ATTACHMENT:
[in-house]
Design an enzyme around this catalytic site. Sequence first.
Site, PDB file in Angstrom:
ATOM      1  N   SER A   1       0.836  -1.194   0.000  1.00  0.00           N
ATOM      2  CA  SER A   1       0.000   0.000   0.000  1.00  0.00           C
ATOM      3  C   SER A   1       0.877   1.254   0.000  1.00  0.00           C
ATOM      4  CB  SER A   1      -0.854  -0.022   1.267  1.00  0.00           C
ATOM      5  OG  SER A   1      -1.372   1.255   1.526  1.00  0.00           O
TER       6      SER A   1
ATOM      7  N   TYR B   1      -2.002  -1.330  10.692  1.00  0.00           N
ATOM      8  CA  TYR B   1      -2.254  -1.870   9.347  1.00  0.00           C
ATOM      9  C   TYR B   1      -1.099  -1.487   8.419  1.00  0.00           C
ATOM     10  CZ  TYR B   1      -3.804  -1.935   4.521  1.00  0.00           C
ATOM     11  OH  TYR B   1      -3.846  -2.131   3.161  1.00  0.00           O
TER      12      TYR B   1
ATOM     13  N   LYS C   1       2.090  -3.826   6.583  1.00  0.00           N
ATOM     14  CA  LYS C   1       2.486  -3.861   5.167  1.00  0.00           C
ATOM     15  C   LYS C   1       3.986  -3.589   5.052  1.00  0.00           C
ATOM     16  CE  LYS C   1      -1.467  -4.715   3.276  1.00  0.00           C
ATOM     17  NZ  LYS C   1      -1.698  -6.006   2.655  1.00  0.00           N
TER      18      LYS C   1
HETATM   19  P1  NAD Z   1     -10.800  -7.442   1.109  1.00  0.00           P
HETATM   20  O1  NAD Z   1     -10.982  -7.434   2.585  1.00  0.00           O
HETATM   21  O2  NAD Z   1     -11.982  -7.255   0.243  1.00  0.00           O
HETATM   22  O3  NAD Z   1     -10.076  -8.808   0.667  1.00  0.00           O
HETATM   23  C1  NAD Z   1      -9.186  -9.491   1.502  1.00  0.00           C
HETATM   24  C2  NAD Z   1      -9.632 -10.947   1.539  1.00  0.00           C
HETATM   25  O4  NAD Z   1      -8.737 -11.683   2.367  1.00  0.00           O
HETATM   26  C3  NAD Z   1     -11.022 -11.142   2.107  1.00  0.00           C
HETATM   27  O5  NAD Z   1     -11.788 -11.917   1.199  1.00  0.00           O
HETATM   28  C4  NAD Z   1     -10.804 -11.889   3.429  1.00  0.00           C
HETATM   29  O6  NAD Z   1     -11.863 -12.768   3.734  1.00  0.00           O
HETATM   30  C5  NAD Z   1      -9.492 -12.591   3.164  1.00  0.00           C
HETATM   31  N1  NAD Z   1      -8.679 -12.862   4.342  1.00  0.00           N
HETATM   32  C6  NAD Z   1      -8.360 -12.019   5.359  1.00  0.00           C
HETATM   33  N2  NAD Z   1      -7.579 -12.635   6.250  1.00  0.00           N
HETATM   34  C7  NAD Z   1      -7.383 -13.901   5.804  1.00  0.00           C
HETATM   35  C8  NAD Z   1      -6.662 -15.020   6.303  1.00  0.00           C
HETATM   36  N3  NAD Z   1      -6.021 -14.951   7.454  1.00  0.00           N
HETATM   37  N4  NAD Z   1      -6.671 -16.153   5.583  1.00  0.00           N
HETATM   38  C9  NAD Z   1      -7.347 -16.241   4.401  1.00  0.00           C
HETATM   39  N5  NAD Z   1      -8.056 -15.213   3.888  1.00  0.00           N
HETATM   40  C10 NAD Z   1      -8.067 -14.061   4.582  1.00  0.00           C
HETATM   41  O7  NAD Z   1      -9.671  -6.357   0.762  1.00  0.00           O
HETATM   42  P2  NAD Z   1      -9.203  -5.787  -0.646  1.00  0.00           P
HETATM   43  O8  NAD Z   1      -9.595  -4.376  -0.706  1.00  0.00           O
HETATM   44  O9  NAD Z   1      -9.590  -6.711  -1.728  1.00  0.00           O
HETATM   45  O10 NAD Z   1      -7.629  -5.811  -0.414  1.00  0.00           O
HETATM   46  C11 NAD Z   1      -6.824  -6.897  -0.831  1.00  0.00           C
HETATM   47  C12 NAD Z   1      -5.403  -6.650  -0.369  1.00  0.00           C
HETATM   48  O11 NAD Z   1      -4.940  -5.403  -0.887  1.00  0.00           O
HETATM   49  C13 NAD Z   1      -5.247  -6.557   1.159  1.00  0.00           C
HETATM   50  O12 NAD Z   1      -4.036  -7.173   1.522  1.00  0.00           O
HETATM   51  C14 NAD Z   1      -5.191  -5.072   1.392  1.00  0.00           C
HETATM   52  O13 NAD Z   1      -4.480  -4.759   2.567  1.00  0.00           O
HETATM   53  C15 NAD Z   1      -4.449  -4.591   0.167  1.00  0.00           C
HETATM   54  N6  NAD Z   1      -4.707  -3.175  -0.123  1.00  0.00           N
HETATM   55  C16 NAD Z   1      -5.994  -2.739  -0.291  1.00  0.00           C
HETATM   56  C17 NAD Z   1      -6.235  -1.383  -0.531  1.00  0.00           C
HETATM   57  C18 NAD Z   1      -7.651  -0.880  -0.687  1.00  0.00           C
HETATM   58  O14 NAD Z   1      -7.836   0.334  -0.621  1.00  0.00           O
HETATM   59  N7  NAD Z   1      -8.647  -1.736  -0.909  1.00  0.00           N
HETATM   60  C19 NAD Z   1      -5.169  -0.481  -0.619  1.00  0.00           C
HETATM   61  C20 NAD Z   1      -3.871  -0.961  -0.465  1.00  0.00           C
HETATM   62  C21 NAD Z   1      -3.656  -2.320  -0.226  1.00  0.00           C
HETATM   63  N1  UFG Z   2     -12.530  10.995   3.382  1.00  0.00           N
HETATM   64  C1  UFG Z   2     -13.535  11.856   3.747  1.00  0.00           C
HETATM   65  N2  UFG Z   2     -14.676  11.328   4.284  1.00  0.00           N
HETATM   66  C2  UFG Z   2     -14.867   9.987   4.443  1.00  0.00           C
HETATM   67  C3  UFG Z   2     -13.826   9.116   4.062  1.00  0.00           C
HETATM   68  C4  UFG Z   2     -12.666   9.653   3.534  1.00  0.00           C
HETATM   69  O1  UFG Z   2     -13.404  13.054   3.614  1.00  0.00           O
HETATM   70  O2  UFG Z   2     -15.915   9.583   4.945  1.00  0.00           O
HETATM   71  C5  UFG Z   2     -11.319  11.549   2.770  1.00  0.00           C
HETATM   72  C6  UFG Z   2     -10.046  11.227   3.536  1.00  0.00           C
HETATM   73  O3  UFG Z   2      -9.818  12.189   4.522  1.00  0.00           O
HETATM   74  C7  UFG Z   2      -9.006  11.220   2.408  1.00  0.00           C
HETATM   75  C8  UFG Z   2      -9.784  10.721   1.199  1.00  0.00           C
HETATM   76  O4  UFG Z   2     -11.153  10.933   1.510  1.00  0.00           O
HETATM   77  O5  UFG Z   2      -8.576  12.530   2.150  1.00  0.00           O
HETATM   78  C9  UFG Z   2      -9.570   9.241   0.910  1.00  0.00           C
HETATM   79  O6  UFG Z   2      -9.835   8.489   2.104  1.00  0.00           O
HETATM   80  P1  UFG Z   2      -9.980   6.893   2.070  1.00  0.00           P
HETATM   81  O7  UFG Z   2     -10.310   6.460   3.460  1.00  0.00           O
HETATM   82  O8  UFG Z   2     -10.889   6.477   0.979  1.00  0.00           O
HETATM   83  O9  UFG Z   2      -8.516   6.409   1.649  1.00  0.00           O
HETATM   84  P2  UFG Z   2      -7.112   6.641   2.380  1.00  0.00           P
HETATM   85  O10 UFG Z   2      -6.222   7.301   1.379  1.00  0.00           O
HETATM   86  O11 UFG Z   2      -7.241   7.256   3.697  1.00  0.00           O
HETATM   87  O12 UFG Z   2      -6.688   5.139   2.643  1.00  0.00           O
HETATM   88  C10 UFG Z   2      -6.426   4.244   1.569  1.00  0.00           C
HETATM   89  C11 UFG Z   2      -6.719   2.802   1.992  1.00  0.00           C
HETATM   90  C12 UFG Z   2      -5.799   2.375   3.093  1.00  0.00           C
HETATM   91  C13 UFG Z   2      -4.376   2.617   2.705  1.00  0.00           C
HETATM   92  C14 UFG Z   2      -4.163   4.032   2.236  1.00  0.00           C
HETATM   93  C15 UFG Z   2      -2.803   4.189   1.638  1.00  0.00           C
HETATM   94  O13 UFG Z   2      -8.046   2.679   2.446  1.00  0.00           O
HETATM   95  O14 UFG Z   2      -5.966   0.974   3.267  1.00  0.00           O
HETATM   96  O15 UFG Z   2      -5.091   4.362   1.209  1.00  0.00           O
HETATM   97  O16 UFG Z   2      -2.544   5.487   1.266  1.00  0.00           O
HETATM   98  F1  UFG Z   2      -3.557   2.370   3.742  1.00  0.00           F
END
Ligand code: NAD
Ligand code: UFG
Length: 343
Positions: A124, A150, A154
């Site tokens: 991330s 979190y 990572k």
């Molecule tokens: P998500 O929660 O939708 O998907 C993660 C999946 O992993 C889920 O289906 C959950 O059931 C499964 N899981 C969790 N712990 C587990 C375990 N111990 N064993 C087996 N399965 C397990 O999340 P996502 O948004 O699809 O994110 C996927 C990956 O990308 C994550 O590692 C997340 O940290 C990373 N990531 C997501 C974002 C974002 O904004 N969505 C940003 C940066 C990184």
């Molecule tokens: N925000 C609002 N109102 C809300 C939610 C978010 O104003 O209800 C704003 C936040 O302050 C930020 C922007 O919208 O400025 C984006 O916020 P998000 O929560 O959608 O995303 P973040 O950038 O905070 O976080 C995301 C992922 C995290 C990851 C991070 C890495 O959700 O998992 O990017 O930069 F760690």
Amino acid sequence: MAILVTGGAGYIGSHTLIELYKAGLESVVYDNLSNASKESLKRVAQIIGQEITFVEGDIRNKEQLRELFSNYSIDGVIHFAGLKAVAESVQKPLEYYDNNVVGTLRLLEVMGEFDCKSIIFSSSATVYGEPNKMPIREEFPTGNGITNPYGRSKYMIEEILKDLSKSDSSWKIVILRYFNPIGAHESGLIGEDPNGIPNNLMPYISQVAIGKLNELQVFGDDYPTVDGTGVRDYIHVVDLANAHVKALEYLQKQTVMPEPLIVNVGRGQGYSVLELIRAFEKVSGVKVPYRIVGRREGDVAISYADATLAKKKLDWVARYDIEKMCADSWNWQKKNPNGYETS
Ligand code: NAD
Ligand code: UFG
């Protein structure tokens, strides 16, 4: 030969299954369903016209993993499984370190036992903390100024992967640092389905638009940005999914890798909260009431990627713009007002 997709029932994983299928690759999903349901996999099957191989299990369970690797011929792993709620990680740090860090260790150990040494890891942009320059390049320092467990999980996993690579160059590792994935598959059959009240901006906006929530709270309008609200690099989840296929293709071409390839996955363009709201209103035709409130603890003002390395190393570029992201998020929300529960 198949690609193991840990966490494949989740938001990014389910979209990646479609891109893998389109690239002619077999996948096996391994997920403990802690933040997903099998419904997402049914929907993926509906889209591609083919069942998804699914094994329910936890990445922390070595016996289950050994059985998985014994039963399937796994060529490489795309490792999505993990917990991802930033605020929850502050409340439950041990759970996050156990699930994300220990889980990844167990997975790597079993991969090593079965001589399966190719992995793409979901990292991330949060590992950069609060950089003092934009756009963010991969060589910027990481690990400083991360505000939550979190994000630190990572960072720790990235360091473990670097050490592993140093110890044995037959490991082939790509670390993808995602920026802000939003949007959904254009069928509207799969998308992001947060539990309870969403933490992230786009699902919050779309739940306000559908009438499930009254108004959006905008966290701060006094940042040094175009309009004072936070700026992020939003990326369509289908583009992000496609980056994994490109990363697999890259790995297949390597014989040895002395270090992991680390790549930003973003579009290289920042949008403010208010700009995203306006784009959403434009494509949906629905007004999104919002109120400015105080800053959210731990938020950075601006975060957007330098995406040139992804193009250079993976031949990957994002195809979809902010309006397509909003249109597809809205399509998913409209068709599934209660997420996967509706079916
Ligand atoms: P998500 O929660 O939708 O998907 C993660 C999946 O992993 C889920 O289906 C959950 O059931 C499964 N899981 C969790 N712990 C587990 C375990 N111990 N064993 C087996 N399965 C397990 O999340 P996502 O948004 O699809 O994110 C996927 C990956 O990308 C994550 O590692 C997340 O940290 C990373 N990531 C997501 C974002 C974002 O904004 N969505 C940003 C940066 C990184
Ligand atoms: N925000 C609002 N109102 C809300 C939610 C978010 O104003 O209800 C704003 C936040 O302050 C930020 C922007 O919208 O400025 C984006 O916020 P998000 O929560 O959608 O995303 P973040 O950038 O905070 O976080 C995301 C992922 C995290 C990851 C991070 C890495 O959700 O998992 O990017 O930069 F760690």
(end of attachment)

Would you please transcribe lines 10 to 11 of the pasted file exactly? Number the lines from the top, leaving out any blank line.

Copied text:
ATOM      7  N   TYR B   1      -2.002  -1.330  10.692  1.00  0.00           N
ATOM      8  CA  TYR B   1      -2.254  -1.870   9.347  1.00  0.00           C